Young people also spend more time with their parents, potentially developing more communicative relationships that reduce their need to drink and rebel.

Binge drinking not as ‘cool’ anymore

There are also a host of other reasons why young people limit alcohol consumption, including culture and religious affiliations, health conditions and personal motivations.

Altogether, these changes mean many young people do not regard heavy intoxication as “cool” and no longer see it as a key marker of independence and adulthood.

Alcohol abstinence has become more socially accepted among young people, along with choosing to consume alcohol moderately.

These factors play out differently for young men and women. Some research points to loosening of gendered expectations of drinking, with new opportunities for men to demonstrate masculinity without drinking heavily.

Yet, differences remain in how young men and women use alcohol, with women having to navigate a range of gendered risks (such as unwanted sexual attention) and being judged more harshly when they are seen to be drunk (including online).

Of course, some young people continue to drink a lot and there will always be blips in alcohol use around holidays such as Christmas and New Year’s Eve.

But whether alcohol consumption among young people continues its overall decline may have more to do with the wider contexts of their lives than the sometimes poorly selected policies their governments implement.

Sarah J MacLean, Amy Pennay, Gabriel Calluzi, John Holmes and Jukka Törrönen.

This article was originally published on The Conversation. Read the original article.

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Preparing for your Dry July

By Dry July Foundation on

You’re doing something amazing – improving your own health, and helping to change the lives of people affected by cancer. We're with you every step of the way for your Dry July, so don't be daunted by taking some time off the booze! 

Plus, remember the funds you raise will improve the comfort and wellbeing of people affected by cancer.

Here are our top tips to help you prepare and stay dry this July:

In preparation:

  • In June try to slow down your alcohol intake to half of what you would normally consume.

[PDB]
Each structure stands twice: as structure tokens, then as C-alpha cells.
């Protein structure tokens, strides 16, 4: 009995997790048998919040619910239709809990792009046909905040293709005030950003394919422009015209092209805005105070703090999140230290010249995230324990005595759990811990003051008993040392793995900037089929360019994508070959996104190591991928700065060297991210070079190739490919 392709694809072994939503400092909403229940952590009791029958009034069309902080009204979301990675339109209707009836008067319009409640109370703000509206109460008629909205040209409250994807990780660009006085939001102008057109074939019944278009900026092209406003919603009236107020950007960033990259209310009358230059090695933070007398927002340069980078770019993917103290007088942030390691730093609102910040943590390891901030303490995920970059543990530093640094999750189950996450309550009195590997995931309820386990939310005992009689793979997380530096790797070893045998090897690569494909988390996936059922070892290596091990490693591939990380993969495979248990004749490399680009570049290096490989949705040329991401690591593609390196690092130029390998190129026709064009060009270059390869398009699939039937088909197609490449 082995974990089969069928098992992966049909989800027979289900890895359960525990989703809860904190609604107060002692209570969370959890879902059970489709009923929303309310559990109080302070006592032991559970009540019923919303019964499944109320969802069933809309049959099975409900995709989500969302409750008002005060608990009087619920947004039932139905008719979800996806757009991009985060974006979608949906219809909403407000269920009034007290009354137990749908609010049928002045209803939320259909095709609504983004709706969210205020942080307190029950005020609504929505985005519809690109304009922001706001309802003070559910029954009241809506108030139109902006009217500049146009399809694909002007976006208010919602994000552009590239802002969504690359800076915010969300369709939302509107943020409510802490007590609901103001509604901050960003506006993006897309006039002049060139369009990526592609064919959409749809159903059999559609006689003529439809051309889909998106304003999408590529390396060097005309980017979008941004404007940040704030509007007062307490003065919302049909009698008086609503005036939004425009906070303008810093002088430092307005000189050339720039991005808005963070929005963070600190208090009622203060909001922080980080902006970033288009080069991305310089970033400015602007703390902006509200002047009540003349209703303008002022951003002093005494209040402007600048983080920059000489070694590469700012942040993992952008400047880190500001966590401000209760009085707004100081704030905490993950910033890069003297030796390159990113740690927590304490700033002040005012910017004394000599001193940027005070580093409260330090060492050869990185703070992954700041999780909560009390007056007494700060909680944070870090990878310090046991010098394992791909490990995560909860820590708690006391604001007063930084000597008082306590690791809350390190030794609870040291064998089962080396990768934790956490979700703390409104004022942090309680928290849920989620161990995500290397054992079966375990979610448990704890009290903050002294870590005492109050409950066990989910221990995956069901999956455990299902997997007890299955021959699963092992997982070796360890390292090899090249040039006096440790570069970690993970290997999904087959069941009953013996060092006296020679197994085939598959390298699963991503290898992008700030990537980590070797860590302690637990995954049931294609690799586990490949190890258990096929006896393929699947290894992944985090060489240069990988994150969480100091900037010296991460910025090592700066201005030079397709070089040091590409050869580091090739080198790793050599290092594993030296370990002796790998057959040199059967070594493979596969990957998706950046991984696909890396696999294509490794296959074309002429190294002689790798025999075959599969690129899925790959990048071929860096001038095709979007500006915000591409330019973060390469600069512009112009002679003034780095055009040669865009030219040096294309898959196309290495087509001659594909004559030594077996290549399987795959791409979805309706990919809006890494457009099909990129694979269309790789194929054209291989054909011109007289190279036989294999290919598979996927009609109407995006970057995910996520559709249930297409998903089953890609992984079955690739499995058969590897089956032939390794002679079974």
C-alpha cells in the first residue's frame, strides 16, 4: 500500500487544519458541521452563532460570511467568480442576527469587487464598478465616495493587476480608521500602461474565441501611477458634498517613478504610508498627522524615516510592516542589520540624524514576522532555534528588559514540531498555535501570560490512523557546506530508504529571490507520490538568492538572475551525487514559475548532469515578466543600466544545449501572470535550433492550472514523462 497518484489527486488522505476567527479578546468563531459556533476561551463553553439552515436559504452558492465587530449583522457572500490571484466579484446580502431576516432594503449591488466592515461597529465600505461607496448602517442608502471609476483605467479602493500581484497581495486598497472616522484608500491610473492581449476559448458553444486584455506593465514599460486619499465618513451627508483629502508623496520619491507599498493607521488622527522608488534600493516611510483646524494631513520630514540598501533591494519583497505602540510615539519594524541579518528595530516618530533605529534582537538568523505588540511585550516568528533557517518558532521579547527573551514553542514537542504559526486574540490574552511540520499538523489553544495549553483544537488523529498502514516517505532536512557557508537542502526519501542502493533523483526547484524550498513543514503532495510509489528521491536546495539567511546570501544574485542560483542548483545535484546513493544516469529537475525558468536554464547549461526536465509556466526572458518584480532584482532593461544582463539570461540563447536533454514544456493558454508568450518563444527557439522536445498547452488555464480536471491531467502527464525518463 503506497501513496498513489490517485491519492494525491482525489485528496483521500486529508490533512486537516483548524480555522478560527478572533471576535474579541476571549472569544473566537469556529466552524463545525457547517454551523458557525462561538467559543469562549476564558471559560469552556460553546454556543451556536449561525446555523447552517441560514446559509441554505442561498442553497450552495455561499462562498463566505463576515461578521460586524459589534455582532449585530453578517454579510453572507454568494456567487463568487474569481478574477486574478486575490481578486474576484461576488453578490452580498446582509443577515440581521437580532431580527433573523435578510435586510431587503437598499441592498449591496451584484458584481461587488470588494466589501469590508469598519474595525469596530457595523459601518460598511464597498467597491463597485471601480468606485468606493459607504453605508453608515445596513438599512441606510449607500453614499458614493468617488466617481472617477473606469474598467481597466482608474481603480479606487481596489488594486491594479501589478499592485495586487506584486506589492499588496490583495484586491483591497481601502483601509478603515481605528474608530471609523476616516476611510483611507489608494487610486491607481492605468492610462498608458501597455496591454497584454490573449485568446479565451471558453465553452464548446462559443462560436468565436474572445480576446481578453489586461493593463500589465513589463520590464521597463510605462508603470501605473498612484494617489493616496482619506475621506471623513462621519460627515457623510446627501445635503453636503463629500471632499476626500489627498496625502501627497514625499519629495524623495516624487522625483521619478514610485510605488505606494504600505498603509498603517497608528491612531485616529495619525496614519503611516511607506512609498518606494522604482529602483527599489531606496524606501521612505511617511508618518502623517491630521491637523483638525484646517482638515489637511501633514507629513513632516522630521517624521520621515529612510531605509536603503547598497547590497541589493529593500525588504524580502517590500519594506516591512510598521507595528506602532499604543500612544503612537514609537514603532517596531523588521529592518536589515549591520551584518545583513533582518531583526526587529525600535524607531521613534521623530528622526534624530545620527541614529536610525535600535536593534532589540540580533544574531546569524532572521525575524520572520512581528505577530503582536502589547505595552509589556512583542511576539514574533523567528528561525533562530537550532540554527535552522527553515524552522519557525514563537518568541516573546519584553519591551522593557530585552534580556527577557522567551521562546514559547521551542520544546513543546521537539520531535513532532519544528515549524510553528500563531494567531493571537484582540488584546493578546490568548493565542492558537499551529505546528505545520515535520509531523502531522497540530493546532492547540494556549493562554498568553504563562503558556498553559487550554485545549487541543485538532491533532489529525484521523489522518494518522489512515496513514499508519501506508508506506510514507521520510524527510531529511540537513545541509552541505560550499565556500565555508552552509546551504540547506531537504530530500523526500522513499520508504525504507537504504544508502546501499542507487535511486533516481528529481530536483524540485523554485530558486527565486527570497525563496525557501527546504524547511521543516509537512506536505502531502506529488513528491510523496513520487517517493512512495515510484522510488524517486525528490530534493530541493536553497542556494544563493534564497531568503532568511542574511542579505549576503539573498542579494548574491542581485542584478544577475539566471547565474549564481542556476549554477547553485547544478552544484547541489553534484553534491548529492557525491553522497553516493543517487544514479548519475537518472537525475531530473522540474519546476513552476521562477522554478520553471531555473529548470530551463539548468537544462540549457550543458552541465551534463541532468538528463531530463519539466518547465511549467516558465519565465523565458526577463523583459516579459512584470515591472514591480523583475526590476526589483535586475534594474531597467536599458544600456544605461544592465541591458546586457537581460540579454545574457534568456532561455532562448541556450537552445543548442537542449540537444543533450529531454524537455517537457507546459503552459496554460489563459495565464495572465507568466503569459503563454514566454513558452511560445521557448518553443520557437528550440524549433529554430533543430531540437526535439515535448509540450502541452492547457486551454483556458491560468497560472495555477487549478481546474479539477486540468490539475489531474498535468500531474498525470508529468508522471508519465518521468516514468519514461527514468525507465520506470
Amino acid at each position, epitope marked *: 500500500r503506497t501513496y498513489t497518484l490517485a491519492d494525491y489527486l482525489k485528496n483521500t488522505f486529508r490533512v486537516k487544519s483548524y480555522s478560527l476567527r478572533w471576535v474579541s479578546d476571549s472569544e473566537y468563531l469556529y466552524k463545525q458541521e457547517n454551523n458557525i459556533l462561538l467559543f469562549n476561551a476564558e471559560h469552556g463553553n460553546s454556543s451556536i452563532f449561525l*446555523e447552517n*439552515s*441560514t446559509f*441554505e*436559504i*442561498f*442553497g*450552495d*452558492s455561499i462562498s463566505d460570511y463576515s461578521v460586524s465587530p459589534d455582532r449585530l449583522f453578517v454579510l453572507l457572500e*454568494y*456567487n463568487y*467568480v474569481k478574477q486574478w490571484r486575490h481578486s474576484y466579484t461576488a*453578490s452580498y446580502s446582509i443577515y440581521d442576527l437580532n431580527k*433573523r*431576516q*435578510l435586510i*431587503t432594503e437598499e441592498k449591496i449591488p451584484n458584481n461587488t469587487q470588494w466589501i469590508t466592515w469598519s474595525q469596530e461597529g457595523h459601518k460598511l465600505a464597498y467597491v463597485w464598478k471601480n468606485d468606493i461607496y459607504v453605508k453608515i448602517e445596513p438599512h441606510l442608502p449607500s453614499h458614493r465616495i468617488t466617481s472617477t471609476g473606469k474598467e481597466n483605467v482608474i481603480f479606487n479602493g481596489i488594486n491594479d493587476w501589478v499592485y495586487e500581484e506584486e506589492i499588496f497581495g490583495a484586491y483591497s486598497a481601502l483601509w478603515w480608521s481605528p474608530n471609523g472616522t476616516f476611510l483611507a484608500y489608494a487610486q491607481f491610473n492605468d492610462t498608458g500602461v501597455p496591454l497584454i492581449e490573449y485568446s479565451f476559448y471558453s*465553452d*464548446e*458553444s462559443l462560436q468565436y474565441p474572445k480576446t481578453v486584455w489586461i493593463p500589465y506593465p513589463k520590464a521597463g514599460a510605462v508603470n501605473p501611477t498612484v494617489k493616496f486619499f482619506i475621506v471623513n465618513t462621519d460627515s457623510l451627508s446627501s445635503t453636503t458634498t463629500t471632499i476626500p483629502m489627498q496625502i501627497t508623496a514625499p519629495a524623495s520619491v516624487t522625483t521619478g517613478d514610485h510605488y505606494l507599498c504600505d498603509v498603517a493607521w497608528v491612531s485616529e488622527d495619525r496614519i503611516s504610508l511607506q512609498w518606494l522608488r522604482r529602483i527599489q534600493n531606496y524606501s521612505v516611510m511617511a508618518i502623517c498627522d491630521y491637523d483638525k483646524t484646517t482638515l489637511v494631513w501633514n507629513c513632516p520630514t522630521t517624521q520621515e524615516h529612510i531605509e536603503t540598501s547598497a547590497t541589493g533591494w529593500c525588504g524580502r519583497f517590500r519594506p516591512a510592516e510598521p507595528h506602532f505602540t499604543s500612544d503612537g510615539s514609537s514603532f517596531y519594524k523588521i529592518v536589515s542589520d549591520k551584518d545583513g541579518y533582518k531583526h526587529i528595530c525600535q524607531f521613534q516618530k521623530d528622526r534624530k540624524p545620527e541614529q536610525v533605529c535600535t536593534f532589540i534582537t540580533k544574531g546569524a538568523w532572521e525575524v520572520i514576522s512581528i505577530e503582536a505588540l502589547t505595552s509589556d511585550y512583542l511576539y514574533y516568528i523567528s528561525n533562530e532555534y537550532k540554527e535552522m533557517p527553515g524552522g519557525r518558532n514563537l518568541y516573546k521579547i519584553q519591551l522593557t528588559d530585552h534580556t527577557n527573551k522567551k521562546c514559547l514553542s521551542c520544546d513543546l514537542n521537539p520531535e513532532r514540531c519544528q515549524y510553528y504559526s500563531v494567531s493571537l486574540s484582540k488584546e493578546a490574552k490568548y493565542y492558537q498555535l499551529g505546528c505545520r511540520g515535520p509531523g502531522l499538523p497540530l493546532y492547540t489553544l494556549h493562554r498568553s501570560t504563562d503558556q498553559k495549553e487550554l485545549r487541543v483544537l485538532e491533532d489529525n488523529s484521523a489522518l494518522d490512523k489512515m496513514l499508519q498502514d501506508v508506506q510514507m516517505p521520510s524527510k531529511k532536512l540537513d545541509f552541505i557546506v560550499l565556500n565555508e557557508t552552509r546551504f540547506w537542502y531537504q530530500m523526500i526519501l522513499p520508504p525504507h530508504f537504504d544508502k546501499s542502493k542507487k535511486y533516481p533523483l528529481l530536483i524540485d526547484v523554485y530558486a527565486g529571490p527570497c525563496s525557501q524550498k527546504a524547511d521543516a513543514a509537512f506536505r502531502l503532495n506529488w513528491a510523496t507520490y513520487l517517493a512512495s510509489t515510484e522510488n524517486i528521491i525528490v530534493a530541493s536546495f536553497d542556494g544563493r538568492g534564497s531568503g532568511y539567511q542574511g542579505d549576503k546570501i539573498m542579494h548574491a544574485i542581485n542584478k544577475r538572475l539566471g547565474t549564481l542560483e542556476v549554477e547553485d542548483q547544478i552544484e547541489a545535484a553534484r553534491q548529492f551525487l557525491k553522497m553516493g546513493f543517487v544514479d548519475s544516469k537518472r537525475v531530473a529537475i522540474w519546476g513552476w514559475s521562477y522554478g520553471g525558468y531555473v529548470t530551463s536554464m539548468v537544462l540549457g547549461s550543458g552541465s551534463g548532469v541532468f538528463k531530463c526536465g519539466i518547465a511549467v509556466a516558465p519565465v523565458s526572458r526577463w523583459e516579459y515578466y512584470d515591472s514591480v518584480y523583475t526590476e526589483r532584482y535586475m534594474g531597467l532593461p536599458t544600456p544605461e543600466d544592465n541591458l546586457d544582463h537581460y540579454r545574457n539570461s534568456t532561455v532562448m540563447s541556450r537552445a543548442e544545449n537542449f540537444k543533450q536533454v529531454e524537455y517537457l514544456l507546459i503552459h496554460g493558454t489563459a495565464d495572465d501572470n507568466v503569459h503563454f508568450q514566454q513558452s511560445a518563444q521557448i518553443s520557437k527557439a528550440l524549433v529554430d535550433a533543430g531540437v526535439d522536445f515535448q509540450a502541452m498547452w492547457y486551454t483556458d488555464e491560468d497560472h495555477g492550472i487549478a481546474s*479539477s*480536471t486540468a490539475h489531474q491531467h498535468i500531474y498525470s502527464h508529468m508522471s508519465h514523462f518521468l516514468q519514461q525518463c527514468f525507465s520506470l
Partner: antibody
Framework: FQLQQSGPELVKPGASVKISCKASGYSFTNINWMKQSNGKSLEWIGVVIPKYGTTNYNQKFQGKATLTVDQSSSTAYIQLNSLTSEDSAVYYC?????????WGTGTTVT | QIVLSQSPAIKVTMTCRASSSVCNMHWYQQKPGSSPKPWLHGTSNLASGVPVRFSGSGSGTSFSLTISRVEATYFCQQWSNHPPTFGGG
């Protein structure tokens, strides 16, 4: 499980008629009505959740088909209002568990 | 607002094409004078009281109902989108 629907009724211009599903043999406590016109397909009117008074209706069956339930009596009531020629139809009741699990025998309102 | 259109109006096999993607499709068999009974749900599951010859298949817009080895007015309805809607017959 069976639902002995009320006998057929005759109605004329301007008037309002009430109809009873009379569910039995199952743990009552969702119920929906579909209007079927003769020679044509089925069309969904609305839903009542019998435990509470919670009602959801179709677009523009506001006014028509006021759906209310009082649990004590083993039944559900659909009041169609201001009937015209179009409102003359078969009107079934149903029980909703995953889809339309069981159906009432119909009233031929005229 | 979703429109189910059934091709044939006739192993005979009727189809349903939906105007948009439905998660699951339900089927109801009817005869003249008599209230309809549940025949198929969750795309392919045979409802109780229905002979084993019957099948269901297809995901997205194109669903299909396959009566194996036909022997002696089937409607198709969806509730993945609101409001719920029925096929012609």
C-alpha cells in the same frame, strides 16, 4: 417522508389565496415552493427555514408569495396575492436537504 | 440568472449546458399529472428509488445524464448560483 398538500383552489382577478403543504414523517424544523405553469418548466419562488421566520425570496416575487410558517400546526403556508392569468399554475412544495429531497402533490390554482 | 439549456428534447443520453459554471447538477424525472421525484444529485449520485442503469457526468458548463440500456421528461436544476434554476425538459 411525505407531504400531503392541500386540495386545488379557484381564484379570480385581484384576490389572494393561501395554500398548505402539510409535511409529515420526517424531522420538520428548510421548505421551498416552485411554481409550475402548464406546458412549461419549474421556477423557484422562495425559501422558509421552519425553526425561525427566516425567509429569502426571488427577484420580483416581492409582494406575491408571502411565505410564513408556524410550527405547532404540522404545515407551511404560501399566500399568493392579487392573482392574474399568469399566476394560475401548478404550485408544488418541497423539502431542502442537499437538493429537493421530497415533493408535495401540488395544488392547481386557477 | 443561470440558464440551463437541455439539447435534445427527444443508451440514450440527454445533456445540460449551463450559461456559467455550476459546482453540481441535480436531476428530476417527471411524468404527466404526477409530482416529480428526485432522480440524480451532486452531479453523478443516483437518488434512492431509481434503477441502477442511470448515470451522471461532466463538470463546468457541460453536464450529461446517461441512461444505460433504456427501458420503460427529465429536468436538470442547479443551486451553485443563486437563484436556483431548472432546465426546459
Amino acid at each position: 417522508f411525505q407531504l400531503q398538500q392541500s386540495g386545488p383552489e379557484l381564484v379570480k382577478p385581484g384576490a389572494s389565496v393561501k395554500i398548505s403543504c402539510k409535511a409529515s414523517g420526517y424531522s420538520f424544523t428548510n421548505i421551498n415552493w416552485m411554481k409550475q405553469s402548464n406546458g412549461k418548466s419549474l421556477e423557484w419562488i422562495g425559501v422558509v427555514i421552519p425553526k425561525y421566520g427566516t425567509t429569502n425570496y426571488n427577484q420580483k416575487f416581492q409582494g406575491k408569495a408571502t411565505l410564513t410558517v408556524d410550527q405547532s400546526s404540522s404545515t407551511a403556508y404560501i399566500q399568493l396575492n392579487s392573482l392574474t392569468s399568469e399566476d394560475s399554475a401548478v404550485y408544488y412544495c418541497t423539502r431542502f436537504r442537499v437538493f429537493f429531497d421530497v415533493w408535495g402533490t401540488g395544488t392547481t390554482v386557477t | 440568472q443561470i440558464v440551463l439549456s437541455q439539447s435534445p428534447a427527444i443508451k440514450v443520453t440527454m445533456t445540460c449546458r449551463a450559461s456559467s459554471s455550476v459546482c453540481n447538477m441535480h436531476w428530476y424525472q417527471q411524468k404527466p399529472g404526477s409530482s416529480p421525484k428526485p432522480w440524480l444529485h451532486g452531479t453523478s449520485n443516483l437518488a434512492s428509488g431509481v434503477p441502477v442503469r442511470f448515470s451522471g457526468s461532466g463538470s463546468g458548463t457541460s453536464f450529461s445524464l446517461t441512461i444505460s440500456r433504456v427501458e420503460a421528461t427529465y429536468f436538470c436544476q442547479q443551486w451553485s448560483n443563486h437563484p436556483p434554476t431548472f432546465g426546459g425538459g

• Plan your social calendar. Offer to be the Designated Dryver on a night out, or if you have an event that you really want to drink at, ask someone to buy you a Golden Ticket. It will give you a night off the wagon, while also raising...
Read more…

All The Good Stuff That Happens To Your Body When You Take A Break From Alcohol

By Alana Wulff on

There’s nothing quite like going out with your mates for a big night or two (or three), but there’s also nothing as satisfying as realising you’ve managed to sidestep another time-wasting, hangry hangover.

Making the decision to hit the reset button and take a break from booze isn’t just liberating, it’s a sure-fire way to save your cash and get your mental and physical health back on track. So, with Dry July just around the corner, here are just some of the best reasons to contemplate hitting snooze on the booze.

Your Sleep Improves

Is there anything more annoying than waking up at 3am because those delicious yet devious wines and beers have messed with your sleep patterns? Drinking, especially if you’re indulging on a regular basis, can...

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Navigating drinking culture in the workplace when you're sober

By ABC Everyday / By Flip Prior on

This year, I've had plenty of time to reflect on what influenced my past drinking habits since quitting on January 1 — and colleagues have emerged as a strong theme.

Look, I'm not about to try to blame Bob in accounts for my own after-work boozing, but given how much time most of us spend at work (and how stressful that environment can be) it's not surprising workmates loom large in shaping drinking behaviour.

Hanging out with colleagues in social situations often brings a not-so-subtle pressure to drink — it's ubiquitous, especially in the media industry, and opting out can feel uncomfortably weird.

And like lots of situations in which drinking is involved, habits can be ingrained after many years until they eventually feel normalised...

Read more…